As we settle back into camp life I’d like to share this guest post on three wonderful places for a stop while on a road trip through France~
The rich history and good roads of Europe have seen the popularity of the continental road-trip grow and grow in recent years. And few countries can match France for its incredible range of regions – encompassing pretty seaside towns, rustic landscapes, cosmopolitan centres, Mediterranean beaches, and grand ski slopes. Here we gather a few destinations from within this wide canvas which offer particularly unique experiences.
But one thing to note before you get going is that by law, each car in France is required to carry a warning triangle for unscheduled stops. This is not optional.
It’s very possible you’ve seen photos of this breathtaking structure without knowing much about it. A tiny tidal island town which builds from waterside fortifications all the way up to the spires of a monastery, it could easily be a location for a fantasy film (indeed, it was one of the inspirations for Minas Tirith in The Lord of the Rings films).
Locals will tell you how the organization of the island reflects the time it was built – simple cottages at the bottom, great halls (for grander citizens) halfway up the hill and the magnificent abbey dedicated to God on top of it all. It was no surprise when the island and the bay it sits in were made a UNESCO World Heritage site.
Tours are available in ten languages, and visitors can also witness a mass in one of the world’s most evocative settings.
Less well-known internationally, this unique region is a marshland which has become fondly known as ‘Green Venice’ for its leafy waterways.
Visitors are encouraged to hire a boat to explore the canals, which weave through a heavily-wooded landscape – although those looking to fully relax can instead opt for a boat complete with a guide who’ll steer you on your way. With an abundance of rich agricultural land abutting the wet marsh, you’ll drift by fields full of curious geese, sheep, cows, and horses.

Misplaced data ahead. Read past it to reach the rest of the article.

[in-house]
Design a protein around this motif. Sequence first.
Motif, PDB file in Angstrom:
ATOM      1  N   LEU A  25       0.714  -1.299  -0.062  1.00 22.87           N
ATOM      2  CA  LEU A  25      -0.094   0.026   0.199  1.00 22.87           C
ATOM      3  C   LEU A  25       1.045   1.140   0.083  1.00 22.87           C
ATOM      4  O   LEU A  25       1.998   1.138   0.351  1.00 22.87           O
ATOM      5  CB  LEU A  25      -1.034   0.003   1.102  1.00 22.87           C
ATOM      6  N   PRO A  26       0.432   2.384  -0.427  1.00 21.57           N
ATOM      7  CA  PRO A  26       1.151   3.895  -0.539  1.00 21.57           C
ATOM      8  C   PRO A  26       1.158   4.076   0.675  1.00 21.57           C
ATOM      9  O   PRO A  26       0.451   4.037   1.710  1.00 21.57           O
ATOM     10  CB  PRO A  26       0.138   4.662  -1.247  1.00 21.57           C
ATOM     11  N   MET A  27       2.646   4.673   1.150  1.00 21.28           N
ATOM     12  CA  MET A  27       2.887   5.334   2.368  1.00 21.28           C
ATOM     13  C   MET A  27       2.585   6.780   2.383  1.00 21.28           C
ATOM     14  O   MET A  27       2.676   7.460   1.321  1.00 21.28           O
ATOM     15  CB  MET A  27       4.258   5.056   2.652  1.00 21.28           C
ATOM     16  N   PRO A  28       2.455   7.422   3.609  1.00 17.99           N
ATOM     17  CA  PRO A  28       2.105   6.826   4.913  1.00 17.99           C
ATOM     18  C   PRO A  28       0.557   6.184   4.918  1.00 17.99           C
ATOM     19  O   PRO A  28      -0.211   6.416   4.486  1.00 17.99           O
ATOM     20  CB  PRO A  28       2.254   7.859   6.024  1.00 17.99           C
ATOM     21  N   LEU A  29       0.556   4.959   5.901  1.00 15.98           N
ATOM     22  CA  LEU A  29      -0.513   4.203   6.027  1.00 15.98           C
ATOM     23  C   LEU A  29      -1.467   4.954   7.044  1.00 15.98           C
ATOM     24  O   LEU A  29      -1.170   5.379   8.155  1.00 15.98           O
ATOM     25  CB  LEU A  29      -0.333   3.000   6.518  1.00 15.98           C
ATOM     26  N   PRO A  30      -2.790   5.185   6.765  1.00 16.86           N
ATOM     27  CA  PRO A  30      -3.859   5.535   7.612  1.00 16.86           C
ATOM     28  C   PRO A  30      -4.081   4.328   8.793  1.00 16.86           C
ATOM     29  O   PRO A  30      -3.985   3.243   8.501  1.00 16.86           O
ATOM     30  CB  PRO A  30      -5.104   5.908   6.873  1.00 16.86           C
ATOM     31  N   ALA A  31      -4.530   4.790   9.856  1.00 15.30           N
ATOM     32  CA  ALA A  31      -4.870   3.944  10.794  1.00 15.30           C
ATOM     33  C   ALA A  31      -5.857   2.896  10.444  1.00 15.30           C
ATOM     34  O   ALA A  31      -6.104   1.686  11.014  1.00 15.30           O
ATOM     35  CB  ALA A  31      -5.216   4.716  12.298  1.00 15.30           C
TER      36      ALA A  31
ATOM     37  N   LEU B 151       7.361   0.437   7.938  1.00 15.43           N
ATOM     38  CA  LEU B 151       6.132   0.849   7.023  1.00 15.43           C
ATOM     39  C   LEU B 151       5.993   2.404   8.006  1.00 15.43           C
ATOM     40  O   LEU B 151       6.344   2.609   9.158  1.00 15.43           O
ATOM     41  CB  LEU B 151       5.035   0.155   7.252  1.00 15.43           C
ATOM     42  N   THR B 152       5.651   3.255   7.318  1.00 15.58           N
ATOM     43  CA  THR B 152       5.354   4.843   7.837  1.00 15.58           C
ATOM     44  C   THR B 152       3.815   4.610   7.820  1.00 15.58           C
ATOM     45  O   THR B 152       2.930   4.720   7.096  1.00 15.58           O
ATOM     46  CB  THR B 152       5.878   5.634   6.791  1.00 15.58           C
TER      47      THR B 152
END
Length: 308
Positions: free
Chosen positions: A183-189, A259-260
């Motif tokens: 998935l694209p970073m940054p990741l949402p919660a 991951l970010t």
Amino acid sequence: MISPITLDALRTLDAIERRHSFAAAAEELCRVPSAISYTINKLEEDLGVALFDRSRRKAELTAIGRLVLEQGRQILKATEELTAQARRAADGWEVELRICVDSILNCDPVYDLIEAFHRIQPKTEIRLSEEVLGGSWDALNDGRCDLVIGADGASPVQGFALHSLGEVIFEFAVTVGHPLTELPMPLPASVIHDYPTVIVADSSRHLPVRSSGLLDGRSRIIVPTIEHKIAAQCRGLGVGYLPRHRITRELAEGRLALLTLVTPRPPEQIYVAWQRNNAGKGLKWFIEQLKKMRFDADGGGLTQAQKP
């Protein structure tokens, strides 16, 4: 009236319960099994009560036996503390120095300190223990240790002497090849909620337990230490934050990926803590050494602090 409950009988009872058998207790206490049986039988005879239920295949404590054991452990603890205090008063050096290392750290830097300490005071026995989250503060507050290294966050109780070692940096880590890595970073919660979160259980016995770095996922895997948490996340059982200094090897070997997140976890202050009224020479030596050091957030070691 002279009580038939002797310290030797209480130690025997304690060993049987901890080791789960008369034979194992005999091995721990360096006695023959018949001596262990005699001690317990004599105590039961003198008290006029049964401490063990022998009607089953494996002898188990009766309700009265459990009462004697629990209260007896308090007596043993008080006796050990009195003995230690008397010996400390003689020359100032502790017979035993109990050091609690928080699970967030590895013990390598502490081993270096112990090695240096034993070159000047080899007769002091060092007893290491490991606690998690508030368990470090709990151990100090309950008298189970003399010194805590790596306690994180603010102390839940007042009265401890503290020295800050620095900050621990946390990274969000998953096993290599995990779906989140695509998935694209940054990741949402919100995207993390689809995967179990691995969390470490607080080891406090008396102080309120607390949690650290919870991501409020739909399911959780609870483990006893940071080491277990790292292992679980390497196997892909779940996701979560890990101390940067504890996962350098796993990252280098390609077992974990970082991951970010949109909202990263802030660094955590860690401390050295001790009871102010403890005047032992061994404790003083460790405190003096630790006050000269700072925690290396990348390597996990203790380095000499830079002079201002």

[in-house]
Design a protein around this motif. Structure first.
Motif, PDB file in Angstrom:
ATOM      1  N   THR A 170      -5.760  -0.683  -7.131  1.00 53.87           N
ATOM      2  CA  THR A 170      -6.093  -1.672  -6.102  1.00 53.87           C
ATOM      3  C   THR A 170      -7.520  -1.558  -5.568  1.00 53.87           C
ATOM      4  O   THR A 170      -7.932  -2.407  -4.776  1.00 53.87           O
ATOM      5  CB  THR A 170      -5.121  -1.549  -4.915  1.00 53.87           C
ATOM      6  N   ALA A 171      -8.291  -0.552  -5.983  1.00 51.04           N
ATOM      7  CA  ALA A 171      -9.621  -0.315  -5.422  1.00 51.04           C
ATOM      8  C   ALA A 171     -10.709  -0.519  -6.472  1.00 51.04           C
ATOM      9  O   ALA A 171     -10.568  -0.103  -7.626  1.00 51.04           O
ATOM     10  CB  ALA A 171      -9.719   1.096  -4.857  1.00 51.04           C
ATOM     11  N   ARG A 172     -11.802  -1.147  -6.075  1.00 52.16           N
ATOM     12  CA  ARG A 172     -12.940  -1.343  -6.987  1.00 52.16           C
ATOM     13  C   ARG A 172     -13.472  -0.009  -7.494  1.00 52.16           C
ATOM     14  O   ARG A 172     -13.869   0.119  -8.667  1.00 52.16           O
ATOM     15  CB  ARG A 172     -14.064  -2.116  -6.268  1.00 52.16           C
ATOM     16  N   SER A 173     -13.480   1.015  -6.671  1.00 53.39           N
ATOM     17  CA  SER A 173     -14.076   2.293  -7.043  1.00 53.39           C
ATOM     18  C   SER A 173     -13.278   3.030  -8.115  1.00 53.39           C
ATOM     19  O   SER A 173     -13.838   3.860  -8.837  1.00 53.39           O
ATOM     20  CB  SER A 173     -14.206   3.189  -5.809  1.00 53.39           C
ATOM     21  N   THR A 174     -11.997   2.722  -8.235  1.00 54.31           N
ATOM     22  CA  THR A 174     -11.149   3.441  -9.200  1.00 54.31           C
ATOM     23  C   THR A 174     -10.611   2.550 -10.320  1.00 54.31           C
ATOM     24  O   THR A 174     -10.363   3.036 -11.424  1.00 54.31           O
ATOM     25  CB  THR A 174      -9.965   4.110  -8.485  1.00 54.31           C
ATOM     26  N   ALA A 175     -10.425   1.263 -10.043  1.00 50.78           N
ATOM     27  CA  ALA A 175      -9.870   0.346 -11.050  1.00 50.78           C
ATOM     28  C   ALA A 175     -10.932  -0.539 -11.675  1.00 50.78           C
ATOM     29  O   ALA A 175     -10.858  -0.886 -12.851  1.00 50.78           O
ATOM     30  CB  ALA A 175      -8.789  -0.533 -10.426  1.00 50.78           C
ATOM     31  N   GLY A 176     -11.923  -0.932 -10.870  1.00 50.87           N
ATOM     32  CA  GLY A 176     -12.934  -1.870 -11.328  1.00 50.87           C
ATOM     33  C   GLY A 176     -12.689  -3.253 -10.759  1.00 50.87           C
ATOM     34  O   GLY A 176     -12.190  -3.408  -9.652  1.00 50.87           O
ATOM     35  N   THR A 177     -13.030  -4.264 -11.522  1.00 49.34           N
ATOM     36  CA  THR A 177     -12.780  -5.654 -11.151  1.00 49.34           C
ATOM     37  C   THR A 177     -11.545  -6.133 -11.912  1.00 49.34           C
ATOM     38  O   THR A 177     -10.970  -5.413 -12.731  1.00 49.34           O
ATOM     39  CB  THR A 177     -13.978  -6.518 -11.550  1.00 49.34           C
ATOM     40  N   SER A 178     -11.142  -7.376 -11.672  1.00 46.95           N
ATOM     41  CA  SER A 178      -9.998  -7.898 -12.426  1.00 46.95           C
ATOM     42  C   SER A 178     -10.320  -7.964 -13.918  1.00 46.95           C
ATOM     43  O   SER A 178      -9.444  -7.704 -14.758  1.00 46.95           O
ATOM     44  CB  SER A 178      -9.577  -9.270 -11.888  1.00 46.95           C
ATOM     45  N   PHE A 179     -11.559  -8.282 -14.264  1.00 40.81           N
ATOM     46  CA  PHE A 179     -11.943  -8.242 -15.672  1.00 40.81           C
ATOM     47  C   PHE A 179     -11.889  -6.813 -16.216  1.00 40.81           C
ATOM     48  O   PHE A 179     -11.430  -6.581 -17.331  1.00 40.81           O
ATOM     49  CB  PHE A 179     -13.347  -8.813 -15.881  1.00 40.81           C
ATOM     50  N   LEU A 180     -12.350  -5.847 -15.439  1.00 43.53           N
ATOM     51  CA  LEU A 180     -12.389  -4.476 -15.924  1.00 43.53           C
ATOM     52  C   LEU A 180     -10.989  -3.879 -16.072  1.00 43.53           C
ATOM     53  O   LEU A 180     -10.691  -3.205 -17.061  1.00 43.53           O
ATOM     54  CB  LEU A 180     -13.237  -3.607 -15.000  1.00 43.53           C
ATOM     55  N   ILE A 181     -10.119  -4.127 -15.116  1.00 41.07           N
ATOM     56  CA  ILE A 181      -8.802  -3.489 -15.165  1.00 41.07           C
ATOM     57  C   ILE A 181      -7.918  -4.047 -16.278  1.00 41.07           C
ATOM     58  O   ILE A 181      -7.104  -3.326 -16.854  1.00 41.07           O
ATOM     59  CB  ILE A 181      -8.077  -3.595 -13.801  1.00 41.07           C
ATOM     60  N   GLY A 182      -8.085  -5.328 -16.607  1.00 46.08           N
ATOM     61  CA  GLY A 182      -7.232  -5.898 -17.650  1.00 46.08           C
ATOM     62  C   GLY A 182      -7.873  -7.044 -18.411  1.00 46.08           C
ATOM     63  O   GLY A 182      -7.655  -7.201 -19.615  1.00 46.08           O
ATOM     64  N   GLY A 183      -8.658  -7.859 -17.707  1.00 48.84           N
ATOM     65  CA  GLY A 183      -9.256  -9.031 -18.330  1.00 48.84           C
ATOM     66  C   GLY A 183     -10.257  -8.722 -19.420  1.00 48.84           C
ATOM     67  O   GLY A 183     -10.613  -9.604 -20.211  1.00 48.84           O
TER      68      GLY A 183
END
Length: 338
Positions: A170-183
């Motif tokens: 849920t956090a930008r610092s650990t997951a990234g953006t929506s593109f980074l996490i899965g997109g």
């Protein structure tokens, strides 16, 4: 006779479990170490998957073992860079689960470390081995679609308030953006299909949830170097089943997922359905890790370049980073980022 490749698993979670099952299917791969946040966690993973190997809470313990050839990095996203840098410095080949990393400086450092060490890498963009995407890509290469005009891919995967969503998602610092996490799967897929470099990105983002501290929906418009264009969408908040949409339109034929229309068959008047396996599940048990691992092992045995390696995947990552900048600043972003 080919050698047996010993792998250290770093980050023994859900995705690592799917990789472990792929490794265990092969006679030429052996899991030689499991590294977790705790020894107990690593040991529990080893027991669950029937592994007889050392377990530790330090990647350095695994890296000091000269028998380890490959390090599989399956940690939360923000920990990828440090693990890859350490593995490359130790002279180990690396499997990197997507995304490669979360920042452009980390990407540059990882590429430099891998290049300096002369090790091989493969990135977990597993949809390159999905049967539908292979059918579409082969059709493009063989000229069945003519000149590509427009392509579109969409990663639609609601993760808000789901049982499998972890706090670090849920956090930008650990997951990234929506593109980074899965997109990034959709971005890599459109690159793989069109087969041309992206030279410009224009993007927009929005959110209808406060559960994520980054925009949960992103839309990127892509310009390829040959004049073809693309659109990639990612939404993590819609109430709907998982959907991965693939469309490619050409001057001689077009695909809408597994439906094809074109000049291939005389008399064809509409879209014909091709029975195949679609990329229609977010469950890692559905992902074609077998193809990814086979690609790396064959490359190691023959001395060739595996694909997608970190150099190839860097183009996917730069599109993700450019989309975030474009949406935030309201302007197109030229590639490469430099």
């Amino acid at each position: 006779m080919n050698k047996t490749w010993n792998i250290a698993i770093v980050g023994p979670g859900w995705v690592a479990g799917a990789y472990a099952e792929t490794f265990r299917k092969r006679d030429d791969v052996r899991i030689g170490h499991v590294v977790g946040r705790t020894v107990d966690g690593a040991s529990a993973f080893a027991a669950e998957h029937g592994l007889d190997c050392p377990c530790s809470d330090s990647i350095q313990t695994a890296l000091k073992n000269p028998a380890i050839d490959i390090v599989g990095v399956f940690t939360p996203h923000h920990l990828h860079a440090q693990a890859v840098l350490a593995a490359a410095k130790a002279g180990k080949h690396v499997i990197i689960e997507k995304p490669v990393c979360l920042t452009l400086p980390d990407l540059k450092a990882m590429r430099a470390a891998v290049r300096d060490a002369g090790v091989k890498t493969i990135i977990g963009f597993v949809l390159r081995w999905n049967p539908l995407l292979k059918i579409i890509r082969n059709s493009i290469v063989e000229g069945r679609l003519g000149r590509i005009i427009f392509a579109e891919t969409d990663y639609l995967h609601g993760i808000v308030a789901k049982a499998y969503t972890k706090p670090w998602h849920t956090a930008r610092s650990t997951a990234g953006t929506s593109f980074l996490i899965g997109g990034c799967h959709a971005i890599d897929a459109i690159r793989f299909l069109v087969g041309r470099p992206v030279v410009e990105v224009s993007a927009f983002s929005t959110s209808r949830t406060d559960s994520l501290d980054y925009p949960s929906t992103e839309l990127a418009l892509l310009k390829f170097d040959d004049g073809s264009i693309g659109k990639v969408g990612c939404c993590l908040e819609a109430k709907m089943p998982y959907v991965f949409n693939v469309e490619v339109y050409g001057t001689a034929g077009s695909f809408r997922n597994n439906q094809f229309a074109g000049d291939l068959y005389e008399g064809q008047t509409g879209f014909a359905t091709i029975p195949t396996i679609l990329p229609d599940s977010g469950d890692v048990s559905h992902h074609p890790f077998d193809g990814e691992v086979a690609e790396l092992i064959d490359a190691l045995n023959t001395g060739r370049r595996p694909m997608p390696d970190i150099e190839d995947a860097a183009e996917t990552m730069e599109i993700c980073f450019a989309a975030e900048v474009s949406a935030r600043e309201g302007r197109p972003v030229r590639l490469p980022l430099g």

And the rural calm continues into quaint villages built on the banks – Coulon and Arcais offer picturesque places to stop and stretch your legs. Meanwhile, the nearby bird sanctuary of Saint-Denis-du-Payre has an observatory – complete with embedded telescopes – which allows a close-up view of the many wading species that call the marshes home.
This sleepy corner of the country – sheltered by limestone cliffs – has gradually emerged as one of France’s great attractions for one reason – it boasts the greatest concentration of prehistoric cave art in Europe.
Mostly dating from the fabled Stone Age (from 15,000 to 10,000 years ago) these stunningly well-preserved caves represent a treasury of ancient culture – before writing, there was painting. The complex’s most popular attraction is a unique mixture of the old and the new – Lascaux IV is an exact reproduction of the main cave, made possible by laser measurement and 3D printing. There are nearly 600 separate paintings to see, with additional information about each available on a tour tablet.
Alongside the cliffs and caves is a boldly modern building – the Musée National de Préhistoire – which brings together many prehistoric artefacts found all over the country. These artefacts gathered together in such an evocative setting provides perhaps the most immersive and informative Stone Age attraction anywhere in the world.